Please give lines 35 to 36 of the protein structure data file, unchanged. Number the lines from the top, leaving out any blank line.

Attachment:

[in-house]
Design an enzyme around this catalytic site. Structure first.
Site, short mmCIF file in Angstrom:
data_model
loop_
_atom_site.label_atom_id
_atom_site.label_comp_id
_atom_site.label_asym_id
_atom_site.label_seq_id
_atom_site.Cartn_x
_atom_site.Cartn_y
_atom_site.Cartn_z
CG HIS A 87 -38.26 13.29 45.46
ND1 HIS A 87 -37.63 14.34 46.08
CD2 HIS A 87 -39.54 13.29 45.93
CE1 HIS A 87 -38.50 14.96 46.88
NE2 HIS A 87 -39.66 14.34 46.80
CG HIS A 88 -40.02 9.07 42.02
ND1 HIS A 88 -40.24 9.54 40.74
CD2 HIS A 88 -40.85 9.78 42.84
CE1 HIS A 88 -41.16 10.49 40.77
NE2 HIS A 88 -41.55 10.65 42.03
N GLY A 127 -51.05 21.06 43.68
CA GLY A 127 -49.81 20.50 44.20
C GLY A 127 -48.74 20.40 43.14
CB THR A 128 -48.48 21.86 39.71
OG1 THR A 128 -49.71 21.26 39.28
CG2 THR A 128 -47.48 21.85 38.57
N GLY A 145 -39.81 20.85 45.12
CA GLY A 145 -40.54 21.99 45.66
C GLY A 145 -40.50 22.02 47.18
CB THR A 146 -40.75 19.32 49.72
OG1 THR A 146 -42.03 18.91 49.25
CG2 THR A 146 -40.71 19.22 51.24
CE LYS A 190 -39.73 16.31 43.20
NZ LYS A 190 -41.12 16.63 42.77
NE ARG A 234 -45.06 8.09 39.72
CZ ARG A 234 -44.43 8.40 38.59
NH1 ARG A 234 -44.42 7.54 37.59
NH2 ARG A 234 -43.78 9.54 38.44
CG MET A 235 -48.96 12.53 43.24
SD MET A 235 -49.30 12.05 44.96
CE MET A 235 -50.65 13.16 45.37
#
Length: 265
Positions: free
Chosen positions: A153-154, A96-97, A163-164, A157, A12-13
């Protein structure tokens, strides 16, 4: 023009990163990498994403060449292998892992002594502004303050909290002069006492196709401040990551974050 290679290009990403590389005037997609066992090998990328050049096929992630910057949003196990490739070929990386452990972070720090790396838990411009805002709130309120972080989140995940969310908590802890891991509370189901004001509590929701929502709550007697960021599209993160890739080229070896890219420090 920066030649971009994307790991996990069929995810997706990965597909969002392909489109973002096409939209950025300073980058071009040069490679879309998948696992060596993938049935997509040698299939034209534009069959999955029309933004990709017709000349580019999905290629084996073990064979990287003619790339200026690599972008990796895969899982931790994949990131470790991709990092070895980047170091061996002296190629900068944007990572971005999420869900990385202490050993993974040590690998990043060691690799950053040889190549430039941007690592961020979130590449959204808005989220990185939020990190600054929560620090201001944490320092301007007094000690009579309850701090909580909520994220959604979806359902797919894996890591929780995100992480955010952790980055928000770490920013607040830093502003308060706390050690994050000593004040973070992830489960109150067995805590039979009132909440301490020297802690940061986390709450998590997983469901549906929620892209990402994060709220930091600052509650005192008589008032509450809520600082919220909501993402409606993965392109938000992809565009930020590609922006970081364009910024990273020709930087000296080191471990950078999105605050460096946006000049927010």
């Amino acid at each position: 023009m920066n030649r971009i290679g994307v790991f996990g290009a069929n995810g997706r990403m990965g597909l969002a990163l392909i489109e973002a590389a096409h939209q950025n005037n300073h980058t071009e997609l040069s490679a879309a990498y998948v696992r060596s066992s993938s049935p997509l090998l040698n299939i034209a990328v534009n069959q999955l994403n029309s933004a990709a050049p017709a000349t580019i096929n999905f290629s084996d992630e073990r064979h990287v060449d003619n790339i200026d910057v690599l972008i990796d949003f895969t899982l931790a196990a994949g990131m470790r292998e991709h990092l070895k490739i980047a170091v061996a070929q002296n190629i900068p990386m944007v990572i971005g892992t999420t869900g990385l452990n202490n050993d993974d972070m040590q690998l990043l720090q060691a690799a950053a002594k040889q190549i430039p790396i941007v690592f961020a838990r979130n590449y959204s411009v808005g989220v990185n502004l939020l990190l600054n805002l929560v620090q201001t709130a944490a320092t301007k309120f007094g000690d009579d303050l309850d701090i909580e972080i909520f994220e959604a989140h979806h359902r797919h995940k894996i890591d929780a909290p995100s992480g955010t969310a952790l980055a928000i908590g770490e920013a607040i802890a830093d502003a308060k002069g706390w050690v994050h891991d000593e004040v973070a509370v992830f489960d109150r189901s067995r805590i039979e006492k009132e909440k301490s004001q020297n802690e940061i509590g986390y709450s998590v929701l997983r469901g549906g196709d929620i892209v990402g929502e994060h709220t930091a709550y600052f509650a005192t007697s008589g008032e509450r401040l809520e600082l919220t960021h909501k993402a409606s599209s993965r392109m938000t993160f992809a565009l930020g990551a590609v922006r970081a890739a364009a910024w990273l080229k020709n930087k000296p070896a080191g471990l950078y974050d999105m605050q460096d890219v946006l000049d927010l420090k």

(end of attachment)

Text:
CE LYS A 190 -39.73 16.31 43.20
NZ LYS A 190 -41.12 16.63 42.77